Nigeria Fixed Income Weekly

The Week that was (November 19-23): – Yields decline as CBN dials down on tightening rhetoric

  • CBN holds, but largely subdued tone at the MPC: At the last monetary policy meeting in 2018, the CBN opted to hold all policy parameters by a unanimous decision contrary to my expectations for a small hike. Even more, while I expected more hawkish rhetoric in the light of the swift descent in FX reserves and lately in oil, the CBN sounded rather calm pointing to weak credit growth and concerns over the economy. Following from the MPC, the CBN switched from net liquidity withdrawals observed in the last two weeks to a net liquidity injection as OMO issuances of NGN199billion trailed OMO bill maturities of NGN409billion. The improved system liquidity resulted in declines in secondary market NTB yields (down 20bps w/w on average) to 13.38(3M), 13.62% (6M) and 16.88% (1-yr).

Figure 1: Naira Yield Curve

NGN curve

Source: NBS, FMDQ

  • DMO adopts market neutral posture at monthly bond auction: At the monthly bond auction, the DMO turned tight fisted in the face of low demand with bid-cover of 0.9x (October: 1.25x) and opted to only fill-up 34% of its planned NGN105billion offer. This miserly view implied that they were only willing to fill up bids at rates in line with the secondary market levels i.e. they adopted a market neutral rates. This is consistent with the view that with the Eurobond sale, government near term borrowing needs are covered and as such less need for going aggressive at bond auctions. The development had a negative impact on yields as short covering following the auction drove a retracement in FGN bond yields and they closed the week down 7bps on average.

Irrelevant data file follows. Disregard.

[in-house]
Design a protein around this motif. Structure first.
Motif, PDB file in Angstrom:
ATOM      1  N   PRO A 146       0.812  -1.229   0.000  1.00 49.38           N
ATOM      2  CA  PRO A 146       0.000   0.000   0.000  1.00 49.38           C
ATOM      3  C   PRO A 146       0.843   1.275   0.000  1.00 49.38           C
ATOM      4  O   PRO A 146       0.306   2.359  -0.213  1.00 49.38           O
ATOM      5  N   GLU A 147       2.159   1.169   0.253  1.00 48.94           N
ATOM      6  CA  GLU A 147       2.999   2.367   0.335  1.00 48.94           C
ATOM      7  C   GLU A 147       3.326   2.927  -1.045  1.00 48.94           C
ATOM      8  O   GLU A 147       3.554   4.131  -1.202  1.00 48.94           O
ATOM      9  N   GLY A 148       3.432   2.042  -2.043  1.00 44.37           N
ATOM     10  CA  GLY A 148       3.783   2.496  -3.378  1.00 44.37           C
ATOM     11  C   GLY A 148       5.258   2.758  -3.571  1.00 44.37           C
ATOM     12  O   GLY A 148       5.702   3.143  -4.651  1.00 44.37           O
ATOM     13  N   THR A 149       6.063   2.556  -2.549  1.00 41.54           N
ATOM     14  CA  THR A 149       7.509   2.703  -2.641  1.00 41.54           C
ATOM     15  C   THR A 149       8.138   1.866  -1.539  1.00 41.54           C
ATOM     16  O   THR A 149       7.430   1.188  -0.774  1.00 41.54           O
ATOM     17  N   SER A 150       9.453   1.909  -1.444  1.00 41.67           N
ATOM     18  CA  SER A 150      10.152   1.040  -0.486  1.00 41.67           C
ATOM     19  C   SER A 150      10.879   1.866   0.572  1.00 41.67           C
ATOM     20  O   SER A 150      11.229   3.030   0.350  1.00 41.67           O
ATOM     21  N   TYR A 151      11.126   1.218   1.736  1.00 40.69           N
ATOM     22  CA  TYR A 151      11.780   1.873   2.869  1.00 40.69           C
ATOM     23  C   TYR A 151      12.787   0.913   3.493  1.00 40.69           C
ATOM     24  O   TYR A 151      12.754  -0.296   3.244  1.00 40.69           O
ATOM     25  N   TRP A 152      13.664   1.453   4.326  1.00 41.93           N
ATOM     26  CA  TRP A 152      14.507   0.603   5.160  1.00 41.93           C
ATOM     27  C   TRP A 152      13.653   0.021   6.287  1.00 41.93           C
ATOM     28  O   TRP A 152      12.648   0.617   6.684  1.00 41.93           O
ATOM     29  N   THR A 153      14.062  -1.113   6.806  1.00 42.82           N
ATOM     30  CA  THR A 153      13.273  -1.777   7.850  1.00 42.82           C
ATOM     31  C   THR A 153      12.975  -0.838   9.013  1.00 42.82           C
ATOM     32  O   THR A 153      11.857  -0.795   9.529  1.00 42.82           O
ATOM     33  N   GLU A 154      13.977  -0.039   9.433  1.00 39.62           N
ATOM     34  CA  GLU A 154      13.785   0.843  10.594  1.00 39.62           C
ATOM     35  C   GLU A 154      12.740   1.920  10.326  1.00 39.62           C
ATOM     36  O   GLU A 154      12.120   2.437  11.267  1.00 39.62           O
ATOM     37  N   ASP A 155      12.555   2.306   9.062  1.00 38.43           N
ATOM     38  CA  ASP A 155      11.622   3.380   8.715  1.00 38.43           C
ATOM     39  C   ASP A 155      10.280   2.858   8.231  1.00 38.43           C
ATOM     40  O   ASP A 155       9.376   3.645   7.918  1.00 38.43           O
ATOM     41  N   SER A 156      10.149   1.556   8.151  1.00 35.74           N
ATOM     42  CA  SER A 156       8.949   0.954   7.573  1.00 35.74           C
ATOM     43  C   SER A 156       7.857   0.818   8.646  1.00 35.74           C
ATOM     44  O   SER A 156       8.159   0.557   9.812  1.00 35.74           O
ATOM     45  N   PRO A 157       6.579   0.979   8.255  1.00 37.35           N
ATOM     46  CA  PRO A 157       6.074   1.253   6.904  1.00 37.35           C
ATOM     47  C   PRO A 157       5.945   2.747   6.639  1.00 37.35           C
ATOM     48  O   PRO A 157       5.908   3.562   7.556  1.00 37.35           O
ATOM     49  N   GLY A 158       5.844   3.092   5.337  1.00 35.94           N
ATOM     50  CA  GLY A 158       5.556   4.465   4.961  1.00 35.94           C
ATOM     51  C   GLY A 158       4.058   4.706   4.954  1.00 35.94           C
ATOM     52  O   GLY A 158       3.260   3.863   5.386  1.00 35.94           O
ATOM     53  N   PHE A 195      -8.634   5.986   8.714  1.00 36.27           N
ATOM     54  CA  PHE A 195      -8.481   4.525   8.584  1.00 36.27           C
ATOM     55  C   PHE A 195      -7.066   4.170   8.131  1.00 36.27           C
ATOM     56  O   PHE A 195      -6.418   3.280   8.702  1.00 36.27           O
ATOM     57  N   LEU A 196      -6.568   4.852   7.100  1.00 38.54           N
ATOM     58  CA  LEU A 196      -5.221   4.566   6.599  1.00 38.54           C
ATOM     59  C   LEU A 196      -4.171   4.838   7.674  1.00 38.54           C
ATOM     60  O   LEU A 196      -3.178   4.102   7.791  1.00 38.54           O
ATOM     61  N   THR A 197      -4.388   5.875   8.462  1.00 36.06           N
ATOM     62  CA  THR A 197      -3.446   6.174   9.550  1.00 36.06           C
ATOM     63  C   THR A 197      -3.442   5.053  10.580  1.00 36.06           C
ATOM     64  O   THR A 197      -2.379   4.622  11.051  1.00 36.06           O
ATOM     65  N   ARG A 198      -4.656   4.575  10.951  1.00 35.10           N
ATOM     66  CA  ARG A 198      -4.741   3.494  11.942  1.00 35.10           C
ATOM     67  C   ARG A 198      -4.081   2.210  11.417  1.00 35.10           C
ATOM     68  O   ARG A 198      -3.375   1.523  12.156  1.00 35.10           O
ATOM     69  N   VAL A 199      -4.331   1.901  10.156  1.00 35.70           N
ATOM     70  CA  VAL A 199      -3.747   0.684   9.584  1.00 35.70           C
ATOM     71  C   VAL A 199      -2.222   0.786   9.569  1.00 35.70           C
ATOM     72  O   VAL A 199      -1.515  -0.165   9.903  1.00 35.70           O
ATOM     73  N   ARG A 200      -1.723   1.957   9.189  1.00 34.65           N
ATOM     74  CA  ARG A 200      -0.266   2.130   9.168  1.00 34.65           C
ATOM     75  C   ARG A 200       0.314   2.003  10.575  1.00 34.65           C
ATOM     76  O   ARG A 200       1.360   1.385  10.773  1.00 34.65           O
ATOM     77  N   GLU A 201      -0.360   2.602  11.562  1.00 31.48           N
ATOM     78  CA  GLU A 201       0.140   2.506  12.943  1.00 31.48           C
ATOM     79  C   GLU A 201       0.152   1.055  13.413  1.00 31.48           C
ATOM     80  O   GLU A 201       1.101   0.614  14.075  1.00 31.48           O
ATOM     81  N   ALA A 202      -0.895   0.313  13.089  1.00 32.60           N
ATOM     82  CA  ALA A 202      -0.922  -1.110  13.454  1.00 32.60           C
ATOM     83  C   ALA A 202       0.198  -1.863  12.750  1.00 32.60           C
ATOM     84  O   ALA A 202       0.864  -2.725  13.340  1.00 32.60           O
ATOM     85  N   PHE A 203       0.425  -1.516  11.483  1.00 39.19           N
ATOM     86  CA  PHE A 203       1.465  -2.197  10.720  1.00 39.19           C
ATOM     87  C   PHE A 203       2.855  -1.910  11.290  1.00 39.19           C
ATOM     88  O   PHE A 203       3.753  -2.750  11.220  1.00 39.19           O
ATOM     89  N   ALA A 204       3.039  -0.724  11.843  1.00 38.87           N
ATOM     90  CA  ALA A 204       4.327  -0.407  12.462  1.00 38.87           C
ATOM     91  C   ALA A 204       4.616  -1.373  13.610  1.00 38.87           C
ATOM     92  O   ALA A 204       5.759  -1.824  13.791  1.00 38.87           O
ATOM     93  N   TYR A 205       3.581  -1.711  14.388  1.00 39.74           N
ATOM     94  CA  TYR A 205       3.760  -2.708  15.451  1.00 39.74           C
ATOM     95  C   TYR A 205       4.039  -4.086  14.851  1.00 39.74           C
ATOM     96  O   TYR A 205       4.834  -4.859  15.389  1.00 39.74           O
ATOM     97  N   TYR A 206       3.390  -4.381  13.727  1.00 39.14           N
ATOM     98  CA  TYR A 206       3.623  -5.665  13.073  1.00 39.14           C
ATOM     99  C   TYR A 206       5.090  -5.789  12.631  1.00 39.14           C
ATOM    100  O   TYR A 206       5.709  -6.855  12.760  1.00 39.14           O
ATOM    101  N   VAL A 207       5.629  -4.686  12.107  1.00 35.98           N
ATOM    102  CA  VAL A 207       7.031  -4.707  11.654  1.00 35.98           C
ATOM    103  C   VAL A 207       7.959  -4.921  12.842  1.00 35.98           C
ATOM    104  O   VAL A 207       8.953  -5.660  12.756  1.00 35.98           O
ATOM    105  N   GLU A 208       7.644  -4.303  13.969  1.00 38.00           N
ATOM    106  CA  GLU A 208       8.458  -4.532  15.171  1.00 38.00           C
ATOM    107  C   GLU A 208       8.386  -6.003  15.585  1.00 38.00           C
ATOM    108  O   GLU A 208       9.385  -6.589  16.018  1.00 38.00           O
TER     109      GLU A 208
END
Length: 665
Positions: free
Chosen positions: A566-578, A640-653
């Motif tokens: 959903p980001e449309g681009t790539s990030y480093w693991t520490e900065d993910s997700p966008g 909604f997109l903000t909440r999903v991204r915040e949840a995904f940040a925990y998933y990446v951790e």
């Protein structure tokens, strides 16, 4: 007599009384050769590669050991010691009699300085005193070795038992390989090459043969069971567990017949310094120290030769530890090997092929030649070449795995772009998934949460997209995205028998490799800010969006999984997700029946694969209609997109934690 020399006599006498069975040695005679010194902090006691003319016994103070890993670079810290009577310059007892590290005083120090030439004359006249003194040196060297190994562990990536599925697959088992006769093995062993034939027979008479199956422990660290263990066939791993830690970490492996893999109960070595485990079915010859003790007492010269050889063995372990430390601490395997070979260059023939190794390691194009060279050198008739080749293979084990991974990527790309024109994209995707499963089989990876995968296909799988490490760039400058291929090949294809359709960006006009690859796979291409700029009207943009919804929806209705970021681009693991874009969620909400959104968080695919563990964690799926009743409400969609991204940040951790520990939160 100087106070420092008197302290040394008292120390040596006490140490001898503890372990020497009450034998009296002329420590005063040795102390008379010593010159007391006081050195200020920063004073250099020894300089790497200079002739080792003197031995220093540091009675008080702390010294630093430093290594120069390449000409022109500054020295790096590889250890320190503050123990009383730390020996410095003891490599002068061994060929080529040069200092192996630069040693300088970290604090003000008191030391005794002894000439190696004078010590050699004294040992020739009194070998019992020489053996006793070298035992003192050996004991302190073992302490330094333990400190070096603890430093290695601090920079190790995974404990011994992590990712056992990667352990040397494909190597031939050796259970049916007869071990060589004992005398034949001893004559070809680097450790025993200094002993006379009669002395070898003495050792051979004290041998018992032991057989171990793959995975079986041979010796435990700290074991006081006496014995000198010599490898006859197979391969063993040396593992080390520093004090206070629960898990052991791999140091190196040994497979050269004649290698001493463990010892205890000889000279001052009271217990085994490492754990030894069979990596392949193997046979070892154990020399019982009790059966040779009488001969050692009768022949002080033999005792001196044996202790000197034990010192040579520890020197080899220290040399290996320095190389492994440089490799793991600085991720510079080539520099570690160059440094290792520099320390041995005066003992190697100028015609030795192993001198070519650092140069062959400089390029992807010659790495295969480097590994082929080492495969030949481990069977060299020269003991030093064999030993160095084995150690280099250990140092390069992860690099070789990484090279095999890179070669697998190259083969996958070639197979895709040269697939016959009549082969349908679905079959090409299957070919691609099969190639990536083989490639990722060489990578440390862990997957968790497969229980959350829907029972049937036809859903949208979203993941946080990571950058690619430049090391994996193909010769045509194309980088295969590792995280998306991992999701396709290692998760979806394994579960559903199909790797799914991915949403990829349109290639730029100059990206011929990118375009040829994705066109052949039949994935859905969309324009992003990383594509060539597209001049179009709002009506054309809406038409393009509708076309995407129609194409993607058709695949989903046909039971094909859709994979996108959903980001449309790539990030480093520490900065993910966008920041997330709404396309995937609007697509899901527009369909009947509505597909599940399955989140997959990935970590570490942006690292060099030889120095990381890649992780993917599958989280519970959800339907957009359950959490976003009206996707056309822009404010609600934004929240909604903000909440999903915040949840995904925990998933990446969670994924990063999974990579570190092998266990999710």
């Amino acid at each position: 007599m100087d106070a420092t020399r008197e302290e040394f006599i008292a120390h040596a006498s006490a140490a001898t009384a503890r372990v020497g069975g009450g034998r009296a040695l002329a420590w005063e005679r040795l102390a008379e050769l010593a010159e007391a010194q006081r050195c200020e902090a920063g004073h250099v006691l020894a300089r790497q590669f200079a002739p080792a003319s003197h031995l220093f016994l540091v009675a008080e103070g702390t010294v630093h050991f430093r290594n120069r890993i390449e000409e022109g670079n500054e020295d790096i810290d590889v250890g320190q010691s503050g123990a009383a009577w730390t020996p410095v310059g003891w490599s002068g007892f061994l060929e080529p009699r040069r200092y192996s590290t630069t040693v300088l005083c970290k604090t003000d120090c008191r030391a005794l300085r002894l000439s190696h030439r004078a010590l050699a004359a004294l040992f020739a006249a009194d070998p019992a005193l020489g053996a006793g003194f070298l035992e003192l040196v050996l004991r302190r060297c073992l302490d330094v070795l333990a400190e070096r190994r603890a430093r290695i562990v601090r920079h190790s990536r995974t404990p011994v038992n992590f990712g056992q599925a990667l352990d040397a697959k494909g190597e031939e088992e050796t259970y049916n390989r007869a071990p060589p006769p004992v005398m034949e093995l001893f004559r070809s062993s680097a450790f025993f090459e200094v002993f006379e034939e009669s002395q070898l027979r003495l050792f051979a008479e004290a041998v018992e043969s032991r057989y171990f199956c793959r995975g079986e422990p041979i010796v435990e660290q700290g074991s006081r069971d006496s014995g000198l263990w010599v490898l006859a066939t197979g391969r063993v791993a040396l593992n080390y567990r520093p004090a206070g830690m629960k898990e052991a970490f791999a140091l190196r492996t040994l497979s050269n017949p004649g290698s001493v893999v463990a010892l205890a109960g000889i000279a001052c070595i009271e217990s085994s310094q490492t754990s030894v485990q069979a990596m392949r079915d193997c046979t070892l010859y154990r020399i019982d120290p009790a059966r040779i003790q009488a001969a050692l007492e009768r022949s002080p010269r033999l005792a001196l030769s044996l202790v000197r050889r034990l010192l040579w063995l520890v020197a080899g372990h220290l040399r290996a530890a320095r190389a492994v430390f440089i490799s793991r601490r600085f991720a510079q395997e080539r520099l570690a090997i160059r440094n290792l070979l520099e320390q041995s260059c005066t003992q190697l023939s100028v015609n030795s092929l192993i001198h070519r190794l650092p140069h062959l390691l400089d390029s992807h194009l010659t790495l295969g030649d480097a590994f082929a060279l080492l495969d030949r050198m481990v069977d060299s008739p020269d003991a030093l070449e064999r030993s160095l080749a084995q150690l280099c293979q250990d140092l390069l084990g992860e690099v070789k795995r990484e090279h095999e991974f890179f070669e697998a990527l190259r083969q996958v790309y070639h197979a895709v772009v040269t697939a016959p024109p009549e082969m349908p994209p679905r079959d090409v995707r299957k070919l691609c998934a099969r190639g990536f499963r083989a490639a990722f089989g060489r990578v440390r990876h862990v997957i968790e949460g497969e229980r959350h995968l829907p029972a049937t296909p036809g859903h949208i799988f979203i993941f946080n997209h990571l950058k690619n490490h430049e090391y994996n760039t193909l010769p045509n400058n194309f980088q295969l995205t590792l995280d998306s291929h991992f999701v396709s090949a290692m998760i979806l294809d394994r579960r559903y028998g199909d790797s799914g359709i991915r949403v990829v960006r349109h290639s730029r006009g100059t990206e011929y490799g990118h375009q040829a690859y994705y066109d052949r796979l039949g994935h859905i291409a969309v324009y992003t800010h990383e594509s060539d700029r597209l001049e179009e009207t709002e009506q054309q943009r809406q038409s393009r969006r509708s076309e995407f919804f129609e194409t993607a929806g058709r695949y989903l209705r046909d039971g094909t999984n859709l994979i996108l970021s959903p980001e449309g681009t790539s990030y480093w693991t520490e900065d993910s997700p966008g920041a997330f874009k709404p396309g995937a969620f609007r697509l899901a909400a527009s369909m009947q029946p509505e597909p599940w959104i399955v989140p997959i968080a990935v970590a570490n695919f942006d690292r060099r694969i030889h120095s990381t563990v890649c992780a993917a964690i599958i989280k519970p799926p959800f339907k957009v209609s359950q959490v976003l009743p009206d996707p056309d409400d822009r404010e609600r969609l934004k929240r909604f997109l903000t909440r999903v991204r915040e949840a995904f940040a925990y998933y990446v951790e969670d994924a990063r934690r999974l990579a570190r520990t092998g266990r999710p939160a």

• October 2018 Inflation – Harvest is here: After an unusual delay, the NBS released October 2018 CPI report card which showed a deceleration in headline inflation to 11.26% y/y (September 11.28% y/y). Consistent with the slowing pattern since June, monthly inflation slipped to 0.74% (September: 0.84%) largely due to a moderation in food inflation (in particular farm produce) as core inflation inched up over the month (October: 0.84% vs 0.64%). With the main harvest of grains and tubers underway in most parts of Nigeria, seasonal declines in food prices tend to drive a moderation on overall inflation and this is likely to be the picture over the next two months. YTD inflation has averaged 12.3% (2016: 16.5%).

Figure 2: Food Inflation and its components

food inflation and parts

Source: NBS, Authors computation

The Week Ahead (November 26-30): System maturities pick-up and much ado about MPR

  • In the trading week ahead, system maturities climb to NGN593billion (from NGN409billion) split between OMO bills (75%) and NTB (25%). There will be an auction on Wednesday, where the CBN, on behalf of the FGN, will look to rollover NGN150billion worth of NTB paper split across 3M (NGN23billion), 6M (NGN25billion) and 1-yr (NGN103billion). The pick-up in system liquidity and dovish sentiments echoed at the MPC are likely to drive a modest bullish twist to debt markets this week.
  • Monetary Pointless Rate or Monetary Policy Rate: In the aftermath of the MPC meeting, some have asked what the point of MPR as many local fixed income fund managers is no longer bother trying to figure it out as it bears little semblance to the actual evolution of market interest rates. Indeed, looking at the chart below, OMO yields display a stronger co-movement with treasury bill yields than the MPR. Though open market operations have long existed in the CBN policy tool kit, its increased usage is a more recent phenomenon. Looking at data, 2011 marked the start of more frequent monthly issuance of OMO bills by monetary authorities and it marked the commencement of both an aggressive stance towards system liquidity and a tightening stance by then governor Sanusi Lamido Sanusi as it was complemented by a rate hike (MPR upped from 6.5% to 12% over an 8-month cycle). Thereafter they assumed a life of their own and since 2016 have become the defacto monetary tool with real teeth and religiously followed by market participants real teeth while the MPR has become a mere symbol beholden only to journalists and the lay man.